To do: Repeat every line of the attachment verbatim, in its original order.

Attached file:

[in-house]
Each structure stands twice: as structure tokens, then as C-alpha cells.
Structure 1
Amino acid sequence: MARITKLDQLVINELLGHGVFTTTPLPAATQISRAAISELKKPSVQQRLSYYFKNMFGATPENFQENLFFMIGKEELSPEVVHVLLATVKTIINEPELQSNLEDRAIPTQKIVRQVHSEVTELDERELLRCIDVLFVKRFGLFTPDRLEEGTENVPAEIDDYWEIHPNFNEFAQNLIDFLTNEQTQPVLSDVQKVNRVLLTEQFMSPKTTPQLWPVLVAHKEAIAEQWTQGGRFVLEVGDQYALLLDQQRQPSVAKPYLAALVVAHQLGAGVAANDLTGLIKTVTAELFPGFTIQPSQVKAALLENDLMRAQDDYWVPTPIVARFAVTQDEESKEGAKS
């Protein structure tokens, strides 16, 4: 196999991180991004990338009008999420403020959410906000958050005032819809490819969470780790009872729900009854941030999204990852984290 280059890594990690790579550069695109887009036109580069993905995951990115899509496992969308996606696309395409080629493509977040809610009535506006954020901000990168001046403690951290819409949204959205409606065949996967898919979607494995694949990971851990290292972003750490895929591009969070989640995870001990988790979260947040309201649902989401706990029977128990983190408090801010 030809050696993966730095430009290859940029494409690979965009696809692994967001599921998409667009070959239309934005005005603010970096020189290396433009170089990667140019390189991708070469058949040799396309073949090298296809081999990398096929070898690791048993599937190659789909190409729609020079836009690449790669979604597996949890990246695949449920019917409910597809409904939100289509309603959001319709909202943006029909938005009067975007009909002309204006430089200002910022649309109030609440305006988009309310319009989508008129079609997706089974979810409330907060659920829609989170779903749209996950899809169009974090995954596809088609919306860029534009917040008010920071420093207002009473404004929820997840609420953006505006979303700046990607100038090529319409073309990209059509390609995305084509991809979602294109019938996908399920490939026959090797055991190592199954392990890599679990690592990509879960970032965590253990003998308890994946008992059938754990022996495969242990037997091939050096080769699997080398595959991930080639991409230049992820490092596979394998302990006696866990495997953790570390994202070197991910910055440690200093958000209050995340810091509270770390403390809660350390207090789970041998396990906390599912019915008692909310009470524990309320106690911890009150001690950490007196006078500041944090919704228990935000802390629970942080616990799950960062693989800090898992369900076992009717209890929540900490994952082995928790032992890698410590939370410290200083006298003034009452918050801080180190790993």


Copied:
[in-house]
Each structure stands twice: as structure tokens, then as C-alpha cells.
Structure 1
Amino acid sequence: MARITKLDQLVINELLGHGVFTTTPLPAATQISRAAISELKKPSVQQRLSYYFKNMFGATPENFQENLFFMIGKEELSPEVVHVLLATVKTIINEPELQSNLEDRAIPTQKIVRQVHSEVTELDERELLRCIDVLFVKRFGLFTPDRLEEGTENVPAEIDDYWEIHPNFNEFAQNLIDFLTNEQTQPVLSDVQKVNRVLLTEQFMSPKTTPQLWPVLVAHKEAIAEQWTQGGRFVLEVGDQYALLLDQQRQPSVAKPYLAALVVAHQLGAGVAANDLTGLIKTVTAELFPGFTIQPSQVKAALLENDLMRAQDDYWVPTPIVARFAVTQDEESKEGAKS
């Protein structure tokens, strides 16, 4: 196999991180991004990338009008999420403020959410906000958050005032819809490819969470780790009872729900009854941030999204990852984290 280059890594990690790579550069695109887009036109580069993905995951990115899509496992969308996606696309395409080629493509977040809610009535506006954020901000990168001046403690951290819409949204959205409606065949996967898919979607494995694949990971851990290292972003750490895929591009969070989640995870001990988790979260947040309201649902989401706990029977128990983190408090801010 030809050696993966730095430009290859940029494409690979965009696809692994967001599921998409667009070959239309934005005005603010970096020189290396433009170089990667140019390189991708070469058949040799396309073949090298296809081999990398096929070898690791048993599937190659789909190409729609020079836009690449790669979604597996949890990246695949449920019917409910597809409904939100289509309603959001319709909202943006029909938005009067975007009909002309204006430089200002910022649309109030609440305006988009309310319009989508008129079609997706089974979810409330907060659920829609989170779903749209996950899809169009974090995954596809088609919306860029534009917040008010920071420093207002009473404004929820997840609420953006505006979303700046990607100038090529319409073309990209059509390609995305084509991809979602294109019938996908399920490939026959090797055991190592199954392990890599679990690592990509879960970032965590253990003998308890994946008992059938754990022996495969242990037997091939050096080769699997080398595959991930080639991409230049992820490092596979394998302990006696866990495997953790570390994202070197991910910055440690200093958000209050995340810091509270770390403390809660350390207090789970041998396990906390599912019915008692909310009470524990309320106690911890009150001690950490007196006078500041944090919704228990935000802390629970942080616990799950960062693989800090898992369900076992009717209890929540900490994952082995928790032992890698410590939370410290200083006298003034009452918050801080180190790993």